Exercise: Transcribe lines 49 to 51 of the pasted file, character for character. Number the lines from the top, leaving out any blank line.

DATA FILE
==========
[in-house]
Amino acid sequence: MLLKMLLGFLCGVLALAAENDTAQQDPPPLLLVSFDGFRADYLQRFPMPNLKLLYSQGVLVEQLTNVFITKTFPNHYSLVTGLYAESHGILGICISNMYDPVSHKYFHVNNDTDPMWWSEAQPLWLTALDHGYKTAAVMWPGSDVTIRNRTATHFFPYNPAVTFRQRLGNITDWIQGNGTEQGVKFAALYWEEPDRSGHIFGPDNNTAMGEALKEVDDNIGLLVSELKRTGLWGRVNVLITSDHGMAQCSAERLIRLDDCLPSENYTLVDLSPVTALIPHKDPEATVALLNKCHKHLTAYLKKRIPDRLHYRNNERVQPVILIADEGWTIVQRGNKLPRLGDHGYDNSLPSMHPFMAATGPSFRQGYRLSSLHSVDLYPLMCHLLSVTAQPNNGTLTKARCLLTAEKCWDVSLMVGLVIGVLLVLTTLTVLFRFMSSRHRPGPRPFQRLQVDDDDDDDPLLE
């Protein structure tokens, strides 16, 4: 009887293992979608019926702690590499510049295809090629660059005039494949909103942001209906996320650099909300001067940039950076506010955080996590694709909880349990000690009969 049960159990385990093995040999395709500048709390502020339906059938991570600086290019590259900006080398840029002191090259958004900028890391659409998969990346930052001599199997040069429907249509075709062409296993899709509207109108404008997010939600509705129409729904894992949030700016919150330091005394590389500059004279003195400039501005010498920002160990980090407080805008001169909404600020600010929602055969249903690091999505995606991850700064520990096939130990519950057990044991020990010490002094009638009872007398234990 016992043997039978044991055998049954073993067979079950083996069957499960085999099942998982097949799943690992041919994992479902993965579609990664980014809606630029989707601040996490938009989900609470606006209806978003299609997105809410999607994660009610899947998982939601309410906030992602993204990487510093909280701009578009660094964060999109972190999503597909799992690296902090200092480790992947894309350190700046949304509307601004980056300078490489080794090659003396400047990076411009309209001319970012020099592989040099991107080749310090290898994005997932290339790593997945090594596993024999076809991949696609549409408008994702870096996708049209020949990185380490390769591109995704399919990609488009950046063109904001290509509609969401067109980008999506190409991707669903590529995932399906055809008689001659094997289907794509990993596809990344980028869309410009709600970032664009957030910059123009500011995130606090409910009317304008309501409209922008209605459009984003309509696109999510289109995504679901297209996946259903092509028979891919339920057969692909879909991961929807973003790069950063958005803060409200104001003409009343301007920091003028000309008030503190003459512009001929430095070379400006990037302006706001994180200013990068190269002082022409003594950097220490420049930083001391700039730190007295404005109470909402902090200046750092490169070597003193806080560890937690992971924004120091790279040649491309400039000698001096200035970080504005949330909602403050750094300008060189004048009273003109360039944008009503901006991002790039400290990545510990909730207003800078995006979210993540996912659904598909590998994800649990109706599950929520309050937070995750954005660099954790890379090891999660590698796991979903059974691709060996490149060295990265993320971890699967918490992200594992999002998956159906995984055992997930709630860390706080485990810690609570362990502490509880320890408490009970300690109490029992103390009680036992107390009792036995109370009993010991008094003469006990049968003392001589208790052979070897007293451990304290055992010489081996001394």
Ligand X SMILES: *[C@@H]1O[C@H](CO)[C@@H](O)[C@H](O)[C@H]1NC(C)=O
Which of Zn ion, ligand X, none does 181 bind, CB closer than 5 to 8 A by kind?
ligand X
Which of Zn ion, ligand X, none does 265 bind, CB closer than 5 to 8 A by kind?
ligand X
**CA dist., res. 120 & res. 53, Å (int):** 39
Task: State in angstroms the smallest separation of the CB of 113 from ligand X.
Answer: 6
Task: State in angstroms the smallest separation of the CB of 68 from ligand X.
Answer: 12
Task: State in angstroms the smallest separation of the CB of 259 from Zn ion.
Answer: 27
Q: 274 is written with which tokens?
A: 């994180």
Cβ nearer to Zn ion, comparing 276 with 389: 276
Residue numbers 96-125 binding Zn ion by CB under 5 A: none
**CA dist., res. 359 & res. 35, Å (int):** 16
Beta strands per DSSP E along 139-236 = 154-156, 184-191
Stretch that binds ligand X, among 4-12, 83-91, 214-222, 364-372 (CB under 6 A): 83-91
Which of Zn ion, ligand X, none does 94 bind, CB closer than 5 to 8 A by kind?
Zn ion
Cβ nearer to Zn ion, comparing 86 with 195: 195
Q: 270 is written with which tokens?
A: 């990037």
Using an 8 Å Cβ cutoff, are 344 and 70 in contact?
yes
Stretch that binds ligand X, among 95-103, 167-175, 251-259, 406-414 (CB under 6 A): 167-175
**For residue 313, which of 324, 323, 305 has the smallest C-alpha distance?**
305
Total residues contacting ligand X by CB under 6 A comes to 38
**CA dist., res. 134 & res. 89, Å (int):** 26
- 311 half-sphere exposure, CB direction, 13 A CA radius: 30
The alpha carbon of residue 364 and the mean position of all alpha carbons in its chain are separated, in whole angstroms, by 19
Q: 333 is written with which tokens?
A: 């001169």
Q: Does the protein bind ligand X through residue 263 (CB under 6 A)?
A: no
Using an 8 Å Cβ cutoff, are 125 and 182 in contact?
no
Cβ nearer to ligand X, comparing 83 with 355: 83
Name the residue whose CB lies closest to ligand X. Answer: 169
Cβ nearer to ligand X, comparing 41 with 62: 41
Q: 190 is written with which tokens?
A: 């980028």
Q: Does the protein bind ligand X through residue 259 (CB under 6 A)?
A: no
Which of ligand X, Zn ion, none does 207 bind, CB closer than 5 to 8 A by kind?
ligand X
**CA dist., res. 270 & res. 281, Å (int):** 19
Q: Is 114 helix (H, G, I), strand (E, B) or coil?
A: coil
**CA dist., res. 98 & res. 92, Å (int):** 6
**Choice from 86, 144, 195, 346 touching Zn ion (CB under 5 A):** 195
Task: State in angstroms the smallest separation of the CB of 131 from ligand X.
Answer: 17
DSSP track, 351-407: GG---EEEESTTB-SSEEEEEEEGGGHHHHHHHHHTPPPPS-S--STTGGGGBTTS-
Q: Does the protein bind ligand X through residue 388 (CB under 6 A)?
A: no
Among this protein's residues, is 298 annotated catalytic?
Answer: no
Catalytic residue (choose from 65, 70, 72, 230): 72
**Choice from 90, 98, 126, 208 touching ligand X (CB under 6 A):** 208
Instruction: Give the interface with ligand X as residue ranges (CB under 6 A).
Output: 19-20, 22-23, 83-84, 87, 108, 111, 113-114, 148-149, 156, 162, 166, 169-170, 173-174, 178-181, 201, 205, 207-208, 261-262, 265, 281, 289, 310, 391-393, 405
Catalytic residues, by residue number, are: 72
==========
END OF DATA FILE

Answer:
A: no
Which of ligand X, Zn ion, none does 207 bind, CB closer than 5 to 8 A by kind?
ligand X